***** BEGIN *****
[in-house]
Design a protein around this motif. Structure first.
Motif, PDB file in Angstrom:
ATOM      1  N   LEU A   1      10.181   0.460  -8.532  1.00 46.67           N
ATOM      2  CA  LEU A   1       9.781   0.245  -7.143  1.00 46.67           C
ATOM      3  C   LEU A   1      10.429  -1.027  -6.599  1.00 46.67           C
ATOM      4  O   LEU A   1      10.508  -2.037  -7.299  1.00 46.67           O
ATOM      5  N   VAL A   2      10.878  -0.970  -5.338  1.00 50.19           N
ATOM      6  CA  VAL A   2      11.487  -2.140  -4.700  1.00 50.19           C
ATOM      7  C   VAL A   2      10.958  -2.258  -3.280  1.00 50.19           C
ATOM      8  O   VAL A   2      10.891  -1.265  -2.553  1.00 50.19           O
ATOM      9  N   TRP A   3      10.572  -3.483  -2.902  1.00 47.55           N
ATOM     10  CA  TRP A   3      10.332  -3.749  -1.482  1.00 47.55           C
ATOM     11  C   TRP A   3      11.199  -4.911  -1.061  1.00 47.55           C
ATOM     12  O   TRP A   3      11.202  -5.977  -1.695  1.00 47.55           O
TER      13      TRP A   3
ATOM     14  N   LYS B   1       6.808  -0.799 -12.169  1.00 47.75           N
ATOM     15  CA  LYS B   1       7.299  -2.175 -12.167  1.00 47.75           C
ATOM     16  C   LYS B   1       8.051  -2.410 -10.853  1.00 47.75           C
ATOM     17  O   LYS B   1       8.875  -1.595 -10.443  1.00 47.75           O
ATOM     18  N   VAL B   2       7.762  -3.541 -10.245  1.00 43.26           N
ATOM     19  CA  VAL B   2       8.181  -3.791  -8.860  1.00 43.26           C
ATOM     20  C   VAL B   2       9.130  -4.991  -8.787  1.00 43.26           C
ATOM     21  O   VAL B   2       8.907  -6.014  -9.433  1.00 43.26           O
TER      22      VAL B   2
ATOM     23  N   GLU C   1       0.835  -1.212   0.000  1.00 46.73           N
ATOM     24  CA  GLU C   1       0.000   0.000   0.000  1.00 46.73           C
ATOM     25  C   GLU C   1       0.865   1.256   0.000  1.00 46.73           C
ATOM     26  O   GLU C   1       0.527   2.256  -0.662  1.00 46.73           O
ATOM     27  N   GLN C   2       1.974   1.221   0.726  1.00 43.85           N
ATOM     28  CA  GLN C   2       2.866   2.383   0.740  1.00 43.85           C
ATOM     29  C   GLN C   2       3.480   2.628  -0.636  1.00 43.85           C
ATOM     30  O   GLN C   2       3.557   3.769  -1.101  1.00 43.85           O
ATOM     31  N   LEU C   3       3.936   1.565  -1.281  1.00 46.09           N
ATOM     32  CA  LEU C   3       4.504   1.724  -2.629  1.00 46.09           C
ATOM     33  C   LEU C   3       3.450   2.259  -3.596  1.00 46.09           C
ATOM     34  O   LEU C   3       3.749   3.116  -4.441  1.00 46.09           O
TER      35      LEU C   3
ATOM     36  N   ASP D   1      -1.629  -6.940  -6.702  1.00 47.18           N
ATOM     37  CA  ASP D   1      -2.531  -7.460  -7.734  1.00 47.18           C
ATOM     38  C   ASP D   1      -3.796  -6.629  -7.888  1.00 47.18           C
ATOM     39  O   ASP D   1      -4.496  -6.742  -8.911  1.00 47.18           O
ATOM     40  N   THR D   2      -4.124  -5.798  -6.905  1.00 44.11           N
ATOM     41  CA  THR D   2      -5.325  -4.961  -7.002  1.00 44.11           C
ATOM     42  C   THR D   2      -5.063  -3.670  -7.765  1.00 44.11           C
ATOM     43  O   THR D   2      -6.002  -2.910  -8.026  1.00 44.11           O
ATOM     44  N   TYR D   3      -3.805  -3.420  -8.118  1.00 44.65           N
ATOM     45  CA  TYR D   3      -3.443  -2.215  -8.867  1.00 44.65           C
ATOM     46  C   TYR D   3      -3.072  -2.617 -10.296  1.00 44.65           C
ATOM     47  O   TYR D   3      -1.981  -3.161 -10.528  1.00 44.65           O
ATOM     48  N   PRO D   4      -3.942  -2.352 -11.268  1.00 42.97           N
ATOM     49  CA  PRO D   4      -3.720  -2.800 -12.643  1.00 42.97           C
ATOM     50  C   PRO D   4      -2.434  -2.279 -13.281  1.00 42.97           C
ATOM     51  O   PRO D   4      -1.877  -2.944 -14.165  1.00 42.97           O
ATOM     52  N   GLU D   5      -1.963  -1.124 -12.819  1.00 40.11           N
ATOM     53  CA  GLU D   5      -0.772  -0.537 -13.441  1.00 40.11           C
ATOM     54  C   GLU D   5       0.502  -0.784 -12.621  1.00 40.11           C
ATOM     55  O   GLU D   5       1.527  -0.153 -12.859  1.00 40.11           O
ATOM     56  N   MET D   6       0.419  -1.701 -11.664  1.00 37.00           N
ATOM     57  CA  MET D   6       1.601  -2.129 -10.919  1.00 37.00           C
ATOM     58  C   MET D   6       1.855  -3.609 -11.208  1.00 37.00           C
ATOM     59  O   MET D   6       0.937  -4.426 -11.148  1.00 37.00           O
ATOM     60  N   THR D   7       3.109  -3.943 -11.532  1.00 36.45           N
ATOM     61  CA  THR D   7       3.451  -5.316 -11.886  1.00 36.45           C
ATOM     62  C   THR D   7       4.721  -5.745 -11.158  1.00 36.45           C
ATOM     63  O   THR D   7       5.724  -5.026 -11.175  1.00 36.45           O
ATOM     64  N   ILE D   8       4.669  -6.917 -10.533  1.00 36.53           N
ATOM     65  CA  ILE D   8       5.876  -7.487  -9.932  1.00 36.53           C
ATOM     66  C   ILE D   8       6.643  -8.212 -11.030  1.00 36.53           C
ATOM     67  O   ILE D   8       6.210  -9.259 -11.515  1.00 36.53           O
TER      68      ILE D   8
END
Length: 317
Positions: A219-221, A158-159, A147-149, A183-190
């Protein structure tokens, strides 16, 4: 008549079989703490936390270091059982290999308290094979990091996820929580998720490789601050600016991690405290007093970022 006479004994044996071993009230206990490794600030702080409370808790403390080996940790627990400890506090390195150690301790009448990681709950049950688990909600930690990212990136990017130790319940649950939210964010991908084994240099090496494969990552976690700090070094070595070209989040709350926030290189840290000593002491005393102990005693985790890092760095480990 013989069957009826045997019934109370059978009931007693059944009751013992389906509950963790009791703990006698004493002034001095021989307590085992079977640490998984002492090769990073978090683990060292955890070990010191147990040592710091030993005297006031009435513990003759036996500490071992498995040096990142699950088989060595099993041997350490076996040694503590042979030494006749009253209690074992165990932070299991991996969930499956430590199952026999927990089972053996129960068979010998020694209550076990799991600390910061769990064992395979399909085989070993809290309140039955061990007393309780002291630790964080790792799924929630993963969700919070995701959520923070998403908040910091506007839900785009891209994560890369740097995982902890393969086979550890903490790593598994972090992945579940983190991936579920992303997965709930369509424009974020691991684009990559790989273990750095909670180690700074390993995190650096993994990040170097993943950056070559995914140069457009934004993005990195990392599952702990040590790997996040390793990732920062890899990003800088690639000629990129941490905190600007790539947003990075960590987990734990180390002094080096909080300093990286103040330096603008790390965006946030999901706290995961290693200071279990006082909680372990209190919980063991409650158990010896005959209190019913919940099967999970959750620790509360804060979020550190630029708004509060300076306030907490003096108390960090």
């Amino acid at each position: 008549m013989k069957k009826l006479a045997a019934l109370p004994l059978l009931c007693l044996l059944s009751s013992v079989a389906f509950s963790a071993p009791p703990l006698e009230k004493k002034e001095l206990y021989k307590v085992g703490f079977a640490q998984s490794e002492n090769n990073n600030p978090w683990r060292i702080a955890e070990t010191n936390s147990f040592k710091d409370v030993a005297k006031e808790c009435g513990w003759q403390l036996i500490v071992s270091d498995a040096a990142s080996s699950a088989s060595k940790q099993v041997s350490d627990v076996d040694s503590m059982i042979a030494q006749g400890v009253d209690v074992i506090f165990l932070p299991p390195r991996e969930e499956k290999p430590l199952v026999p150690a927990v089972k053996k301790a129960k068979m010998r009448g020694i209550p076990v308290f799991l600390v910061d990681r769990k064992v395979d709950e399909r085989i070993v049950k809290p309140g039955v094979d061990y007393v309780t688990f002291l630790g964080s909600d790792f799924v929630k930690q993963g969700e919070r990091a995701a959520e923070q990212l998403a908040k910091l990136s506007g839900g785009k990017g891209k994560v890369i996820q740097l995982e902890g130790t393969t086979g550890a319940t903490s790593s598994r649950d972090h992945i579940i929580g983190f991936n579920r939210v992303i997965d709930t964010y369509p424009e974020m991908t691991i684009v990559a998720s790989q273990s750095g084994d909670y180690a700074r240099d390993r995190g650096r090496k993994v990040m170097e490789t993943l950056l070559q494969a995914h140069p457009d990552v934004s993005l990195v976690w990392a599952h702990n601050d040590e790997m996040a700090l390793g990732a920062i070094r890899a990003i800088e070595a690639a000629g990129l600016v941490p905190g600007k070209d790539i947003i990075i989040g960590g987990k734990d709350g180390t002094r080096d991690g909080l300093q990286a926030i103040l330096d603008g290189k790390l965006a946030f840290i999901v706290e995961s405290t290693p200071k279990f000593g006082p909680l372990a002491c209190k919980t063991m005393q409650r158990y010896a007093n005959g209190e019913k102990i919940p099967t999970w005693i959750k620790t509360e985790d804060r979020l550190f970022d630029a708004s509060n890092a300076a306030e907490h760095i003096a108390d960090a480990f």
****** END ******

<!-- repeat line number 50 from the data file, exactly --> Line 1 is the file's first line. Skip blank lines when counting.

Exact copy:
ATOM     47  O   TYR D   3      -1.981  -3.161 -10.528  1.00 44.65           O